This tournament was wonderful because it was about team football. It was about national identity. Playing with personality and doing what it takes to progress with the swagger or pragmatism of your blood. It was about rewriting history while still staying true to your ancestors. There was Sweden. They were tough and difficult to play against. They were set up with 11 men behind the ball. In Toivonen and Berg, they had 2 strikers who arguably defended as well as their 2 central defenders. The opposition knew what was coming, it was just very hard to stop.

There was Mexico. They lit up the tournament with their wonderful counter attack and gave us the first indication that all was not well with Germany. They had an astute coach and an exciting young winger in Hirving Lozano, destined for greater things in the not too distant future. There was also Japan and Denmark and Peru and Senegal. All with an identity and game plans exciting us in different ways, some luckier than others. Senegal became the first team to leave the group stage for accumulating more cautions than the Japanese after every other tie breaker was identical.

This was a tournament that reaffirmed the national pride that burns inside all of us. It was a wonderful reinvention of international football and it’s relevancy. While we all love our clubs, nothing compares to watching your country compete on the biggest stage. It’s already got me thinking to Qatar in 2020 and how my birth country, Scotland and my adopted country of Canada, can re-establish or reinvent both of their philosophies of the beautifully game, so as not to miss out in 4 years.

This was a tournament of last minute goals. This was a tournament of set plays and their importance in a 21st century game obsessed with beautiful football and possession. Every facet of this game is important. At this level you can’t switch off for 1 second. You can’t look ahead or become complacent. This was also a tournament of shocks. Almost a reshuffling of the hierarchy. We saw Germany crash out at the group stage. Spain exited in the last 16. Brazil at the quarter final stage. If you weren’t together, or you if you played pass after pass without disrupting your opponent’s defence, or if you had a bad half of football, this World Cup found you out. It was ruthless and punishing. Many great nations were sent home to regroup and ponder their mistakes and complacency.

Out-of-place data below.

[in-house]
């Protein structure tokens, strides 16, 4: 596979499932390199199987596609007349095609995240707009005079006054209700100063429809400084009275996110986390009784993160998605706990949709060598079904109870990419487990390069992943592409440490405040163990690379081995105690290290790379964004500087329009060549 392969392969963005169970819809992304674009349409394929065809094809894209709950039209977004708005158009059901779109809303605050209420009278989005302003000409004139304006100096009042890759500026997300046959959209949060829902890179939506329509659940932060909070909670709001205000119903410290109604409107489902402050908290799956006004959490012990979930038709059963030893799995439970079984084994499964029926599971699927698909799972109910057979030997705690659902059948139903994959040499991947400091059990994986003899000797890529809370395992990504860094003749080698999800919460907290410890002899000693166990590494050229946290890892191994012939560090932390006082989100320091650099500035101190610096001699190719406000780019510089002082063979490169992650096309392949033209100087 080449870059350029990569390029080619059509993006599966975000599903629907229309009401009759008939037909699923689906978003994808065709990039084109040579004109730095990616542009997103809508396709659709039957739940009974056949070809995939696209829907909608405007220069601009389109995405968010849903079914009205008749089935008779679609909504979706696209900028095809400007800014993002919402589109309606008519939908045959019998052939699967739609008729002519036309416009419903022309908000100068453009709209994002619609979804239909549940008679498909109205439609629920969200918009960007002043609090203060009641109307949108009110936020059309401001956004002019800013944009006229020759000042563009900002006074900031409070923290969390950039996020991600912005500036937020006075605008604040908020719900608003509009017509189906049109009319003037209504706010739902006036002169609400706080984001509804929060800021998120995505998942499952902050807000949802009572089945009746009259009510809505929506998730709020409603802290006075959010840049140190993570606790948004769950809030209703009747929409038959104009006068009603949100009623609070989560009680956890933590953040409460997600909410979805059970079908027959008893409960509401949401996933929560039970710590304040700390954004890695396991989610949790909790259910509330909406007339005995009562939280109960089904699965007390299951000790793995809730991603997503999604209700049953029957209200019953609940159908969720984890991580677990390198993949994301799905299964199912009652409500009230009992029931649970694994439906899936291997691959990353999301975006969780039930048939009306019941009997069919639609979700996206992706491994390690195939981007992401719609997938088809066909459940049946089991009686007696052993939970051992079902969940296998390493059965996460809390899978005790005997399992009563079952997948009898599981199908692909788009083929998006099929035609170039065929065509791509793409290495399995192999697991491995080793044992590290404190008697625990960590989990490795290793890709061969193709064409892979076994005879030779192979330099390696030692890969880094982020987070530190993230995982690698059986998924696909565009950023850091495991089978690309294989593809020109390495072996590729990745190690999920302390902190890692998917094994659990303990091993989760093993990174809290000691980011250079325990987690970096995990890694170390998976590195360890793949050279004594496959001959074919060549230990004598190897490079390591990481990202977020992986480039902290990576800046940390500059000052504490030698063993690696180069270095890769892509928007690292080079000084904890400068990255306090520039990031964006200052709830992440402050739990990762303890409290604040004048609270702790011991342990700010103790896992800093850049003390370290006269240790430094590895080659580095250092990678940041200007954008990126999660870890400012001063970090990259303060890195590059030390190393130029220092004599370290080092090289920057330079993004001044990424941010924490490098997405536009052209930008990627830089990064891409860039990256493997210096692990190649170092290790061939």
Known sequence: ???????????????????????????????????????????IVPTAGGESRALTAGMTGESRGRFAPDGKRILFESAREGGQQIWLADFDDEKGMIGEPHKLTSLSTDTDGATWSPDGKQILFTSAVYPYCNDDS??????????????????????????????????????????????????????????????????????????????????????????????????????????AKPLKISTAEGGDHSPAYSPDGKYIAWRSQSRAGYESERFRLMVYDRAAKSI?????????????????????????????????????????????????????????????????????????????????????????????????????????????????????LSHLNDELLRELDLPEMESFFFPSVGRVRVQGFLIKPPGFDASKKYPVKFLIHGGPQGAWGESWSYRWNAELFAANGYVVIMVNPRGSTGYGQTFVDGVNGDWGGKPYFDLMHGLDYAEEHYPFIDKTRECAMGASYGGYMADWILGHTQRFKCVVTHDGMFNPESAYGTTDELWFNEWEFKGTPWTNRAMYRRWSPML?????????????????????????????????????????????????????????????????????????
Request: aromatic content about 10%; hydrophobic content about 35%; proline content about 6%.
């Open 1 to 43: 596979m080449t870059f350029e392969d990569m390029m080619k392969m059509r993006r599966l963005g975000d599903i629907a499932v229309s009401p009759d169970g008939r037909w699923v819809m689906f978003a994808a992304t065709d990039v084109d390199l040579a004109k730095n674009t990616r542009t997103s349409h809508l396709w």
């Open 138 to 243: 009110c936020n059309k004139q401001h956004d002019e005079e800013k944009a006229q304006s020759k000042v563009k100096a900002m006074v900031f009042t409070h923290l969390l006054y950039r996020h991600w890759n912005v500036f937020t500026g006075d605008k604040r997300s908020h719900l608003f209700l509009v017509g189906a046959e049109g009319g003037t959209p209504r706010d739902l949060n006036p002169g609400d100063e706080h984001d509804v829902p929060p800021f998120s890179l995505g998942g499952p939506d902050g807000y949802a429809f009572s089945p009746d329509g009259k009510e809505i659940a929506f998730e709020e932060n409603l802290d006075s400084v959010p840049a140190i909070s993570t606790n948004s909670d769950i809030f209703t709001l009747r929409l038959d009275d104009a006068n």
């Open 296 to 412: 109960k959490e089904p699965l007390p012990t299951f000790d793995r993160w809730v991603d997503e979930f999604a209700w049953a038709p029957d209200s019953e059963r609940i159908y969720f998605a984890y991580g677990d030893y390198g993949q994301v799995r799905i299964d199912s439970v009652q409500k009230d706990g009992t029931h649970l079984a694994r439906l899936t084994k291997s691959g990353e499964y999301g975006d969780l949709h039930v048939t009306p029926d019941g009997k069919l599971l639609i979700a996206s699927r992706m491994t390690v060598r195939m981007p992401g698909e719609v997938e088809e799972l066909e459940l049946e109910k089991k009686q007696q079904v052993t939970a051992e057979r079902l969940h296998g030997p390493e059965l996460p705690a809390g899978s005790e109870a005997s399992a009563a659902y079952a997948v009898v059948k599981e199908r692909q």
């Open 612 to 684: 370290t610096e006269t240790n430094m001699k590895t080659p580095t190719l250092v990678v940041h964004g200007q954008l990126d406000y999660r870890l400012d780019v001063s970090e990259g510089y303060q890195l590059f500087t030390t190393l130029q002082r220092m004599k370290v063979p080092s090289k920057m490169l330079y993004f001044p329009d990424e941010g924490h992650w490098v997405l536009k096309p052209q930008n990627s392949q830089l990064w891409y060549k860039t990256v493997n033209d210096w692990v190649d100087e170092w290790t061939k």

This was also a tournament of goals! We had 171 in total. All memorable for different reasons. Only 1 match was a stalemate. Every fan, whether casual or ardent, sat back in awe at the quality of football on show. This was a World Cup for the ages. The best of my generation and indeed any other in all probability. A triumphant return for the international game and confirmation that there is nothing in sport that quite compares to a World Cup. In total, 32 teams played 64 matches with an average of 2.7 goals per game. Thank you, Russia, for helping to create such a spectacle. It was my immense pleasure to broadcast the World Cup of 2018 to the country of Canada for TSN. I can’t wait for the next one and the stories it will write.